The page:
“Move the lines, with style” was the slogan the marketing people of the French Tennis Federation came up with for their biggest tournament this year: push the boundaries with style.

Not only Nadal, who consistently returned Zverev’s serve from the green tarpaulin at the end of the square, apparently understood. In any case, time and space no longer seemed to play a role under the closed roof due to the rain.

World-class tennis, as he had only shown in the Olympic tennis tournament in Tokyo, gave Zverev a 4: 2 lead at the beginning, which Nadal, who subsequently became more aggressive, converted into a 4: 5, indicating that it was up to him day would not stick to the four to five liters that he normally sweats out during a match. Halfway through that memorable first set, the Mallorcan had perspired so much that the liquid he had in his pocket affected his second serve. The wet balls were not conducive to his top spin game.

He missed three set balls before Zverev equalized to make it 5: 5 and missed a small set ball packed as a break ball when Nadal served. In the tie-break, the German then seemed unassailable 6:2, but also missed four chances in a row due to breathtaking blows from the opponent. When Nadal used his sixth chance to make it 10:8 in the tie-break a little later, 98 minutes had already been played – the longest set of the tournament.

And he immediately demanded tribute. The square dug up by the two gladiators was freshly cleaned while Nadal put on dry clothes. Also due to the advanced time, the setting gave the impression that not just another set, but a second match was being played.

Nadal, who, like Zverev, had been in action for more than 14 hours at this French Open, lacked the strength to do so. His injuries would and have already ended several other playing careers. Some may find it irresponsible that after 13 victories at the Bois de Boulogne he still went there to add a final 14 to his series. But maybe he wants to use this one last participation to say goodbye to the stage at the place of his greatest success.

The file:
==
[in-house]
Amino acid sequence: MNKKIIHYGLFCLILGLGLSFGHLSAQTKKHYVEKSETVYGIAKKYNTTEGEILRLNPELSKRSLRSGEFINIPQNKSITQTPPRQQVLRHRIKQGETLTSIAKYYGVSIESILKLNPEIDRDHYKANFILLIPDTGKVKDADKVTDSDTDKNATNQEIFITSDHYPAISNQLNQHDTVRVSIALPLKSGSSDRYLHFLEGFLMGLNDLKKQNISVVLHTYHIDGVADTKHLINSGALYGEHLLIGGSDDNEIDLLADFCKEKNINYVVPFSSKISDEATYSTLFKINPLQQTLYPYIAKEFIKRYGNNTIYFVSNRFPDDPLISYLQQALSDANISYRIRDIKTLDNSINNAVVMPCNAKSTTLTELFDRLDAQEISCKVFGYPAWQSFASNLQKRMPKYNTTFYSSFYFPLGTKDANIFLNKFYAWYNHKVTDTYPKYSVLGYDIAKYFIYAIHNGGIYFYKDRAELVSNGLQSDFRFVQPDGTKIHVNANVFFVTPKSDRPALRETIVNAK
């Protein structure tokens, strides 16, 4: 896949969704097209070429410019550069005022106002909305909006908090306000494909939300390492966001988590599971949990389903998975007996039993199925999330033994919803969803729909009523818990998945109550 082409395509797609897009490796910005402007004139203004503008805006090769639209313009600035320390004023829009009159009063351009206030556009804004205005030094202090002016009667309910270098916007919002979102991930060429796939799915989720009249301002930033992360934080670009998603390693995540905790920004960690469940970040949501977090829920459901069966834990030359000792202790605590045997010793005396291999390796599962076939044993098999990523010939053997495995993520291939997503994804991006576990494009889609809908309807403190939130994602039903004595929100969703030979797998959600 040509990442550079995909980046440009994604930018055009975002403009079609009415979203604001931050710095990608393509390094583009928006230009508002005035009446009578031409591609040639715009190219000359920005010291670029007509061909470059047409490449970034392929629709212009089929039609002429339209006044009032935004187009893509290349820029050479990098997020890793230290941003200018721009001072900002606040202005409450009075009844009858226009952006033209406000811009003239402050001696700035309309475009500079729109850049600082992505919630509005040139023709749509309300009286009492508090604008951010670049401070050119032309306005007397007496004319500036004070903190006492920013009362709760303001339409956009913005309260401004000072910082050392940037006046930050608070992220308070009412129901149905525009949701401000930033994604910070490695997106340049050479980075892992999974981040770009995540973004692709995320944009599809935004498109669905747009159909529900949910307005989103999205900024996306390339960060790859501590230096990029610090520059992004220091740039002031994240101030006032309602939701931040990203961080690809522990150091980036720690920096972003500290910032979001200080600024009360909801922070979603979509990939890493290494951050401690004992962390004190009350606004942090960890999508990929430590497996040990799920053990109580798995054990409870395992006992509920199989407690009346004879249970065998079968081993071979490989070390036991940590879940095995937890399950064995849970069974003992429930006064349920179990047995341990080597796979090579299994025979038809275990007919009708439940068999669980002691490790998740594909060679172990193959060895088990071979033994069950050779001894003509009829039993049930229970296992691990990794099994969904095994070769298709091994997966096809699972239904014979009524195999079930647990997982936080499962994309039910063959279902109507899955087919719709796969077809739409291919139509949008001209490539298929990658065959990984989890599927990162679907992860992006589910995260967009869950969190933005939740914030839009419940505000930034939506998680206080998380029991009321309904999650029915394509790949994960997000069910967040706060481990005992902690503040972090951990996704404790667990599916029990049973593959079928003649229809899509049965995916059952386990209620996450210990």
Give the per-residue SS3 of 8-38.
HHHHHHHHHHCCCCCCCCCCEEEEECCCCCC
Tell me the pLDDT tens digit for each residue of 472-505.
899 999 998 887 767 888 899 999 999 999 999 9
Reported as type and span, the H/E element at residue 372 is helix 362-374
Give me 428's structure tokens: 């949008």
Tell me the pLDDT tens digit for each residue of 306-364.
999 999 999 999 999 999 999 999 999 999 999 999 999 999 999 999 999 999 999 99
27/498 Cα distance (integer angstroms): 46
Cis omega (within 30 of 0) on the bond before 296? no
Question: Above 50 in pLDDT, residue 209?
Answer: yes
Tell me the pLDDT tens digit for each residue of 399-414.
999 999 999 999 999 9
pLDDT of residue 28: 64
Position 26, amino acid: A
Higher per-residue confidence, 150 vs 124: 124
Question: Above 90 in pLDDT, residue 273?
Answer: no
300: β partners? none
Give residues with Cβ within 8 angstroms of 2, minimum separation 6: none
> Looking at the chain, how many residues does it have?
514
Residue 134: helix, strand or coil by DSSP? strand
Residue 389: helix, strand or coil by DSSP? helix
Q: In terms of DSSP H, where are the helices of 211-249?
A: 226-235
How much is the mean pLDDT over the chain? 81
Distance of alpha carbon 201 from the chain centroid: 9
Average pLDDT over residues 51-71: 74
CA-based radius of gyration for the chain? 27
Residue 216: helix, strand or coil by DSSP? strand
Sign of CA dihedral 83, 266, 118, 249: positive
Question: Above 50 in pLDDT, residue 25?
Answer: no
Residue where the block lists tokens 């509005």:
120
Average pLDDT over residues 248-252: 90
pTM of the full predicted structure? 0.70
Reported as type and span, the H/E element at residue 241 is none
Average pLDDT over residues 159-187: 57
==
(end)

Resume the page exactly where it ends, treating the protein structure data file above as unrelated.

The sacrifices he is willing to make are unparalleled. He had left the Jean Bouin training ground limping the day before the semifinals. The problems with his foot are chronic, and the two marathon matches he had to play against Felix Auger-Aliassime and Novak Djokovic this week should have increased the pain to a level that he can hardly bear. He was only able to make it through the two-week French Open with the constant support of his personal doctor.

In any case, the first consequences became visible in the second sentence. His movements became slower and more and more often he was late with his punches. Nadal tried to keep the rallies shorter, avoided the long rallies and increasingly gave the impression that a four or five-set match of this intensity was simply no longer possible. Round two was marked by a fight against his own body: Rafa Nadal and the 40 bastards.

And Zverev? Despite losing the first set, he held all the trumps on his racket. At the latest when the Spaniard had also given up his fourth service game after the first three, the momentum was on the challenger’s side.

However, the German once again showed a lack of determination, which not only reminded his brother on the commentator microphone of the TV station “Eurosport” of the final at the US Open 2020, which was lost recklessly and despite a 2-0 set lead. A double mistake cost him 5:2, two the possible set win to 6:3.

Nadal’s struggles with reason and his own physique therefore retained their meaning. If he wasn’t able to do great things himself, he might just have to stay in the game and trust his opponent’s weaknesses. To make it 5:5 he served for the first time in the round. The 6: 6 then resulted from a mistake by Zverev, who had not had an optimal position on the longline with his forehand and had twisted his ankle… What an unsatisfactory end. For all.

“Being back in the Paris final is a dream,” said Zverev after the demolition: “But at the moment it’s hard to find words when I just saw him crying in the dressing room.”